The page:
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Rebecca McKanna Publishes First Novel, Don’t Forget the Girl

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Disappearances, a serial killer, true-crime podcasts. Don’t Forget the Girl, the first novel written by Rebecca McKanna, associate professor of English and interim director of the Writing Lab at the University of Indianapolis, has everything fans of true-crime and thrillers love.

Don't Forget the Girl

Don’t Forget the Girl follows the friends and family of Abby Hartmann, who disappeared twelve years ago and is suspected to have been murdered by serial killer Jon Allan Blue. Abby’s friends and family cope with the loss of Abby as Blue’s pending execution sparks new intrigue in his victims. 

Don’t Forget the Girl was a novel five years in the making.

Rebecca graduated with her Master of Fine Arts from Purdue University with a collection of short stories and dreams of publication. She started thinking, ‘Can I put them together and make them into a linked collection?’ And there was a common thread.

“There was one story about a girl who had been murdered,” said Rebecca. “And I thought I could make this into a kind of linked collection about her murder, all the people that loved her and knew her, and how they are grieving.” 

Sound familiar?

Rebecca edited the collection for about five years, and began to query agents. However, as many writers have learned, short story collections are difficult to get published unless you’ve already made a name for yourself. Many literary agents expressed interest in Rebecca’s works if she turned it into a cohesive novel, but didn’t stick around to help her. That is, until Rebecca met her now-agent. 

“She told me, ‘If you’re willing to turn this into a novel, I will go ahead and represent you while you work on it,’ which was very generous of her,” recalled Rebecca. “So that’s when I overhauled the whole collection and it became Don’t Forget the Girl. Really nothing from that story collection ended up in the novel, except for the characters and maybe like a line or two in some situations, but honestly it’s completely different.”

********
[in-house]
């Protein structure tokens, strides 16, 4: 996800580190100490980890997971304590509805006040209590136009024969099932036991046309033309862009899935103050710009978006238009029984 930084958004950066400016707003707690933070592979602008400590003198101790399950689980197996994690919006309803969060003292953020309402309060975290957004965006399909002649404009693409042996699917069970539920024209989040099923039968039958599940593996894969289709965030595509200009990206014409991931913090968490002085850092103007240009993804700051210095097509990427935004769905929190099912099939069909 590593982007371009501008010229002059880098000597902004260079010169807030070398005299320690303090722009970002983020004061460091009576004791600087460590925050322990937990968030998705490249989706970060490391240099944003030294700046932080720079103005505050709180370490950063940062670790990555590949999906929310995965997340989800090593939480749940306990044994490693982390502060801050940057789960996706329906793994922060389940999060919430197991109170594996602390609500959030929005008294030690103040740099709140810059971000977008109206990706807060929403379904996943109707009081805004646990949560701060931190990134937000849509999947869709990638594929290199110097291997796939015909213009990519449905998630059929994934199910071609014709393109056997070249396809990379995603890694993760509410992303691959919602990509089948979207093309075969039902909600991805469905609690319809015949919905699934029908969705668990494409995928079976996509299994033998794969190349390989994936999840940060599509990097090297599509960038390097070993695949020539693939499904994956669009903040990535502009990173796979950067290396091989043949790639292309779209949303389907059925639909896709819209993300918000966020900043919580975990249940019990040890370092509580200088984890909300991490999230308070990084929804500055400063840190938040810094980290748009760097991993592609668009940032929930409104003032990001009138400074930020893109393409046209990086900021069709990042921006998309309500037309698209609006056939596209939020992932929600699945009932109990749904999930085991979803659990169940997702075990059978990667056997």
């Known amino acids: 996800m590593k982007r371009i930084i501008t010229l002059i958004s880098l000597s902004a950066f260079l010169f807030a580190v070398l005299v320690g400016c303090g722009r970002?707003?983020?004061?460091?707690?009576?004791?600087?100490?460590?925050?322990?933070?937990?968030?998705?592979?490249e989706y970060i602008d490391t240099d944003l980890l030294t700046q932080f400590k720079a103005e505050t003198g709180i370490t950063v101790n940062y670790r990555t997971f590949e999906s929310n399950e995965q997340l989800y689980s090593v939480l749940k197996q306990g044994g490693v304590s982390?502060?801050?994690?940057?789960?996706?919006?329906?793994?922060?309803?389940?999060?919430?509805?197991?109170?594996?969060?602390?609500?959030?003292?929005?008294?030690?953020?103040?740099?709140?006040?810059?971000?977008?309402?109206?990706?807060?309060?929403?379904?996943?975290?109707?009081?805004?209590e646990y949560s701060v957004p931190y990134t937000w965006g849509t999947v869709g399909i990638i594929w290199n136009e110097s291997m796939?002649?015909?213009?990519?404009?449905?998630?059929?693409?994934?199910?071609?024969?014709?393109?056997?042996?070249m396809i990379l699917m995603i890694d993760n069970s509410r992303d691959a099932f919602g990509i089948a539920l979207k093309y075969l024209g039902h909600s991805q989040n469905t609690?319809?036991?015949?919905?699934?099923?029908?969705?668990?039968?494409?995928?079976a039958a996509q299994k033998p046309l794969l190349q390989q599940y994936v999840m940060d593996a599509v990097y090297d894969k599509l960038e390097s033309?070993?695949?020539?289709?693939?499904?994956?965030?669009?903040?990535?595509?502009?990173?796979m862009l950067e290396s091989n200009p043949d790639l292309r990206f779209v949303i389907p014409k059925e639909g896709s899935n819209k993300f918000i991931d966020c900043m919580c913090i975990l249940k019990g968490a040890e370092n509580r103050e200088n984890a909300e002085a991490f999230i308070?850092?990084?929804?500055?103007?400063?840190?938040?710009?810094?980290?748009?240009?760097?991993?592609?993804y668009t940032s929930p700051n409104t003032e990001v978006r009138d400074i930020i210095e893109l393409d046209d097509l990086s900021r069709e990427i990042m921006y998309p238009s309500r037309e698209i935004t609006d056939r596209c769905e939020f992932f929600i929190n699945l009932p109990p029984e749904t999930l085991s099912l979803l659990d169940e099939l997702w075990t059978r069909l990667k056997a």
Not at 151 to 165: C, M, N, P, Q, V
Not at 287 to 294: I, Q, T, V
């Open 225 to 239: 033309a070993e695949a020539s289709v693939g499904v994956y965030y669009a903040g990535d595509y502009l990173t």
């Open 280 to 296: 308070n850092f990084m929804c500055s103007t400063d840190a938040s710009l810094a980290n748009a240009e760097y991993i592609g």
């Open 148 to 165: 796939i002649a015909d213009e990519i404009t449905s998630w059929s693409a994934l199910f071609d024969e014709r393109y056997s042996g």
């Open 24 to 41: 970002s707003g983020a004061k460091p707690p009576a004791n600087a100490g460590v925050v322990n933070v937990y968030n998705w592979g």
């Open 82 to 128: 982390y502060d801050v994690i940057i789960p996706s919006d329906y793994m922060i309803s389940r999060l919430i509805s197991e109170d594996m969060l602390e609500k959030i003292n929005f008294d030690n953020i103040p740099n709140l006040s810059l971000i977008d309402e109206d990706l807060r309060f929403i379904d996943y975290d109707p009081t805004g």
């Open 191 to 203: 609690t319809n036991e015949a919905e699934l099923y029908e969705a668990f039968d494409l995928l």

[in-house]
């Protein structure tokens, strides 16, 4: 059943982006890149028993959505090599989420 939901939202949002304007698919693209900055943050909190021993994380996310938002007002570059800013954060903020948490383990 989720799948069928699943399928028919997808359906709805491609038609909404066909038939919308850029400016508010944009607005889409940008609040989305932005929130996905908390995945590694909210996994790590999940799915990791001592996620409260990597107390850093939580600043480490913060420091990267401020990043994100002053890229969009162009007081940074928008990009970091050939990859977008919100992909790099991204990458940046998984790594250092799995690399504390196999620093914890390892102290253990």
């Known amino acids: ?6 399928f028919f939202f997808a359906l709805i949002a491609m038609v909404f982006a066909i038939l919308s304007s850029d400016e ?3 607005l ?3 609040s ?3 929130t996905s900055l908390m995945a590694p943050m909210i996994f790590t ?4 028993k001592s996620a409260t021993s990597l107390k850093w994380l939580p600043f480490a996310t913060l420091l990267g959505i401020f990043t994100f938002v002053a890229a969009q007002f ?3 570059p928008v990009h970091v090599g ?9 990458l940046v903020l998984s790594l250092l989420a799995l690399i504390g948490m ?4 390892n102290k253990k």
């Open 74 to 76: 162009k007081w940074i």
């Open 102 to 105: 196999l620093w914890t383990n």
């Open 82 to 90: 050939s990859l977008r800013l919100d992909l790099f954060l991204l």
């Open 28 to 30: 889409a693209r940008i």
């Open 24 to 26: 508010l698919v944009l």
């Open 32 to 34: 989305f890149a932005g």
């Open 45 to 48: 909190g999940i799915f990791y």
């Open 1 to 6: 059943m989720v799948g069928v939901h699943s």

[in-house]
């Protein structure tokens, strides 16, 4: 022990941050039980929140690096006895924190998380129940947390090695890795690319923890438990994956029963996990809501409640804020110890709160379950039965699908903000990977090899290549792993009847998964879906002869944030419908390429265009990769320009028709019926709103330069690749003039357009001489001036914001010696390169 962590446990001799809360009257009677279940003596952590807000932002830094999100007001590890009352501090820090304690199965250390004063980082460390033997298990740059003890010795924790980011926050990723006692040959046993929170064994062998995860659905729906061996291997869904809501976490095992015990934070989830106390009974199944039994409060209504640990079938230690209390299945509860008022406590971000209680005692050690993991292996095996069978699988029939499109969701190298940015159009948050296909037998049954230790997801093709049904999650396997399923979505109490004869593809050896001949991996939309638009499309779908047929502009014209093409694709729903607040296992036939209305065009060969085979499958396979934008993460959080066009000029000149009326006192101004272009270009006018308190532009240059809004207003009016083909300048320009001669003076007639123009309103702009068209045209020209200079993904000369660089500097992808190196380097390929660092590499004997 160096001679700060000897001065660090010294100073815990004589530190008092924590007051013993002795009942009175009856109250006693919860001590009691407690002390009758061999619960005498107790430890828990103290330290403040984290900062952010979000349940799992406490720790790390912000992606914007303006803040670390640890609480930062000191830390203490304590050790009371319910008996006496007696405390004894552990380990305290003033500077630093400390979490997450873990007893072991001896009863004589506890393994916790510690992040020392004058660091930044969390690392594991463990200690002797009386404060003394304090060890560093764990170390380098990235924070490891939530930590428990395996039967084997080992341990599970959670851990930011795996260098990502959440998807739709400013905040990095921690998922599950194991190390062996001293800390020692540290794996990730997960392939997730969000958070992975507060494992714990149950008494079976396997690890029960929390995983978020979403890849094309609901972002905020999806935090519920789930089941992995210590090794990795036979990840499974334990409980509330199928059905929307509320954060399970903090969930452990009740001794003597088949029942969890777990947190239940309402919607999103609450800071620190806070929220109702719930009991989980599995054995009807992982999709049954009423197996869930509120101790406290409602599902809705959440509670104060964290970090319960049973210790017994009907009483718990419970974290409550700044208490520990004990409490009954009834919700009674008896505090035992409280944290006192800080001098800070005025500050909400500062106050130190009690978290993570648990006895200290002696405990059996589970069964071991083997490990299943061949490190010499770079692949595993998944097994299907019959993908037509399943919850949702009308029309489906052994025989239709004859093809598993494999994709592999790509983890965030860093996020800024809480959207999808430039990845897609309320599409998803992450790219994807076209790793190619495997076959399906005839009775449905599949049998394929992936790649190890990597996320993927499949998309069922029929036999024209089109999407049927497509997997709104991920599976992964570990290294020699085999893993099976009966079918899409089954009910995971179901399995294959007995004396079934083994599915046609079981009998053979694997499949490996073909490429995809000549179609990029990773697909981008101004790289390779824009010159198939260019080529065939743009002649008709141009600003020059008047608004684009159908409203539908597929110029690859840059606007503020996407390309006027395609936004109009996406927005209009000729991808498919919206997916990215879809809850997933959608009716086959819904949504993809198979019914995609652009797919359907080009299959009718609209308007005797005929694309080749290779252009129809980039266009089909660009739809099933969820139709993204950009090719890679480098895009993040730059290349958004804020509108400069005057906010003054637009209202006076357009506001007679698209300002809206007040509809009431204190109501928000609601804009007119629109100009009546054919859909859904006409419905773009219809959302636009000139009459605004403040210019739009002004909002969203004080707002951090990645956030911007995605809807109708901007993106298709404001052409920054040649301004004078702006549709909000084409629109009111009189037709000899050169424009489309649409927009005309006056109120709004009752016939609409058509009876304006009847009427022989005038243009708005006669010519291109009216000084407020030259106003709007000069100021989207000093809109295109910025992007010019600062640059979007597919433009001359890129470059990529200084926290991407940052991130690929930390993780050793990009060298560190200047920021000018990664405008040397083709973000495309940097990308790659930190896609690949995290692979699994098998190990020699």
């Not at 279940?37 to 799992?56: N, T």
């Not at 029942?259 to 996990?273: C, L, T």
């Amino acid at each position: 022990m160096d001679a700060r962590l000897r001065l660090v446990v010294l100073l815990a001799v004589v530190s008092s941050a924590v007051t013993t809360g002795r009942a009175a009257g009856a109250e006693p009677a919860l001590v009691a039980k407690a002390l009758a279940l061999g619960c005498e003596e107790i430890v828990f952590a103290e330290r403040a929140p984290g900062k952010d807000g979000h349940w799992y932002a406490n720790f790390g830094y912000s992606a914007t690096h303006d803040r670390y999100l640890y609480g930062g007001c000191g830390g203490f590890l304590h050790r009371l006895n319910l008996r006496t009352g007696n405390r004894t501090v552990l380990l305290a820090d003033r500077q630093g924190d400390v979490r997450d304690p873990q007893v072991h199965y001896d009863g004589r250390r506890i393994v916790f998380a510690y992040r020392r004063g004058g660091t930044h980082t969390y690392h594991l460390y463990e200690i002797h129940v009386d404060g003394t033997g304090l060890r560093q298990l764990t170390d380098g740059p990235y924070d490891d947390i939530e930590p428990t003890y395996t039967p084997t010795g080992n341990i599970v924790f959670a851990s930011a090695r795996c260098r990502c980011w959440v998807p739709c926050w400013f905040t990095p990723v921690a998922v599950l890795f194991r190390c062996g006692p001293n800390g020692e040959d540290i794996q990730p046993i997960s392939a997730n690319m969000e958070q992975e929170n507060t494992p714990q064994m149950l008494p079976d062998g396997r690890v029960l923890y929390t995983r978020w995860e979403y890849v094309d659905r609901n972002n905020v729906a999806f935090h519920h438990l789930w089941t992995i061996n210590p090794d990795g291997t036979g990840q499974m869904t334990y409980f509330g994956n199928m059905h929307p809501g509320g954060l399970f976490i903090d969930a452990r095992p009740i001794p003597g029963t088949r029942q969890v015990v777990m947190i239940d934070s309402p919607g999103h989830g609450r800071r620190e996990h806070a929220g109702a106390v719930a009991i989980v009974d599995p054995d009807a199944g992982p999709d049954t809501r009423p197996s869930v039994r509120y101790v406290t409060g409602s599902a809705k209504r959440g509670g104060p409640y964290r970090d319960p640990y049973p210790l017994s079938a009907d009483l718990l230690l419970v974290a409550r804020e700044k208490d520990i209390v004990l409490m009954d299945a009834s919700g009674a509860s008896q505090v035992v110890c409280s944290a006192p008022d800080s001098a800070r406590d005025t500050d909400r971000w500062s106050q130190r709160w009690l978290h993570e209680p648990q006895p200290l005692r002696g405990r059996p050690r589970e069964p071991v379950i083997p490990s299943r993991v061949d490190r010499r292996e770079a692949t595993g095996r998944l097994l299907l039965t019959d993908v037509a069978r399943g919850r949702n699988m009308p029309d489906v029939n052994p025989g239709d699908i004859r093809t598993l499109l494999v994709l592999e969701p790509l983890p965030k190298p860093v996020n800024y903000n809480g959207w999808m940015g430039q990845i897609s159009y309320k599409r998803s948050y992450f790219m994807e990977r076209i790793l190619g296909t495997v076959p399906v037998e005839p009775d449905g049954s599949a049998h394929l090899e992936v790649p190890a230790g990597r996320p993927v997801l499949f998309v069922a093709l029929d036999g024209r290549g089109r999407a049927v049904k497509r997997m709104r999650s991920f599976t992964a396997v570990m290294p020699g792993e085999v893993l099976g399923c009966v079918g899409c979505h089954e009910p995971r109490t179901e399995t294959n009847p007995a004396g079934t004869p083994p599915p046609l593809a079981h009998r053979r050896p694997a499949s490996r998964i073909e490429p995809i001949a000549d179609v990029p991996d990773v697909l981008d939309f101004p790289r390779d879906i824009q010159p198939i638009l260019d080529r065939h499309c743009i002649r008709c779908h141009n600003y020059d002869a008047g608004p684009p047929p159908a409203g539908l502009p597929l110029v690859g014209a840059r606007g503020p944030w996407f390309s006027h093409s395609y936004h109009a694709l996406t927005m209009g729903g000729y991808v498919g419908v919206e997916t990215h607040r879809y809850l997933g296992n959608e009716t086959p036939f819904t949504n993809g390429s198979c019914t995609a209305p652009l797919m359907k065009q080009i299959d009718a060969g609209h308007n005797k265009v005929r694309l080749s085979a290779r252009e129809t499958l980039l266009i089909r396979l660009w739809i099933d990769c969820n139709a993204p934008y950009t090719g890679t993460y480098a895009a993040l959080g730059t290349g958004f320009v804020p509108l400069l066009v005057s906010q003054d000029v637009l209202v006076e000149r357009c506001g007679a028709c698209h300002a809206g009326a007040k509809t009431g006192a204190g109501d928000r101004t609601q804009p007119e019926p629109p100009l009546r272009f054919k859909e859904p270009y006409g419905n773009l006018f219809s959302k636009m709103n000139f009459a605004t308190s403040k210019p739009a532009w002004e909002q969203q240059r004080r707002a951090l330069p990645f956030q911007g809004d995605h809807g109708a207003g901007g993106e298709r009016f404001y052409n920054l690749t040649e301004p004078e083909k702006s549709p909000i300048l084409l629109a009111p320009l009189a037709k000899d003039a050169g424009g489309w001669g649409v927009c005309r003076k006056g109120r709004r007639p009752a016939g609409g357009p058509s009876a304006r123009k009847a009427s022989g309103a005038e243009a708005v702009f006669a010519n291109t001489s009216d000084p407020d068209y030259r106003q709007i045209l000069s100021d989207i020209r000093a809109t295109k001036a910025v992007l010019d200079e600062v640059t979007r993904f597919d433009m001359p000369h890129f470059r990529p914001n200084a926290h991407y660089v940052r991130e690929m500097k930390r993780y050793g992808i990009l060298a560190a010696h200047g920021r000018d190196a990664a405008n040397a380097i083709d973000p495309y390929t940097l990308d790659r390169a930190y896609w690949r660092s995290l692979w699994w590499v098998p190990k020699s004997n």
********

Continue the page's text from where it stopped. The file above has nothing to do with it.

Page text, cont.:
While writing can seem simplified in articles like this, it’s not without its challenges. In addition to the challenge of turning a short story collection into a cohesive novel, Rebecca also had to overcome her own self-doubt.

“My own self doubt was a huge challenge,” explained Rebecca. “With a short story, you can take it from the ugly little draft to a polished piece in such a shorter amount of time and so it doesn’t have to be bad for as long. Whereas a novel has to be kind of not working and not cohesive for a much longer amount of time. And that really takes a toll on you every day.”

Thankfully, Rebecca had a strong support system to lean on throughout the publication process.

“I’m lucky because I have a lot of really good people in my life,” said Rebecca. “My husband is so supportive. He listened to every plot hole, every kind of doubt, like he talked me through it. I’m also really lucky to work with such kind and supportive people at UIndy. Academia can be really cutthroat and competitive, but that hasn’t been my experience here. I’m really grateful for that.”

Don’t Forget the Girl was also recently optioned for film, meaning that a production company is currently renting the rights to adapt the novel for film or television sometime in the future. Rebecca met with David Heyman, founder of Heyday Films and primary producer for films including Barbie (2023) and the Harry Potter series, and, if the production moves forward, will serve as a consultant. 

The past five years have taught Rebecca a lot; about herself, about writing, about publication. Rebecca plans to incorporate what she’s learned into her courses at UIndy to benefit students in all of her courses – from professional writing to advanced fiction writing to introduction to composition.

“One big thing is the importance of revision,” said Rebecca. “If I could summarize the process of writing the book, it was like write a draft, work as hard as you can, make it as good as you humanly can, and then listen to your agent tell you all the things that you need to fix, and then go back and do it again. A book is really made in revision.”

What’s next for Rebecca? She is currently working on her next novel, which may also be considered a thriller, but with more horror and supernatural elements involved. 

Rebecca will also appear as a featured author in this year’s Kellogg Writers Series. Join KWS on November 15, 2023 to hear Rebecca read from Don’t Forget the Girl and share more about her experience writing her first novel.

photo credit: Josh Saltsman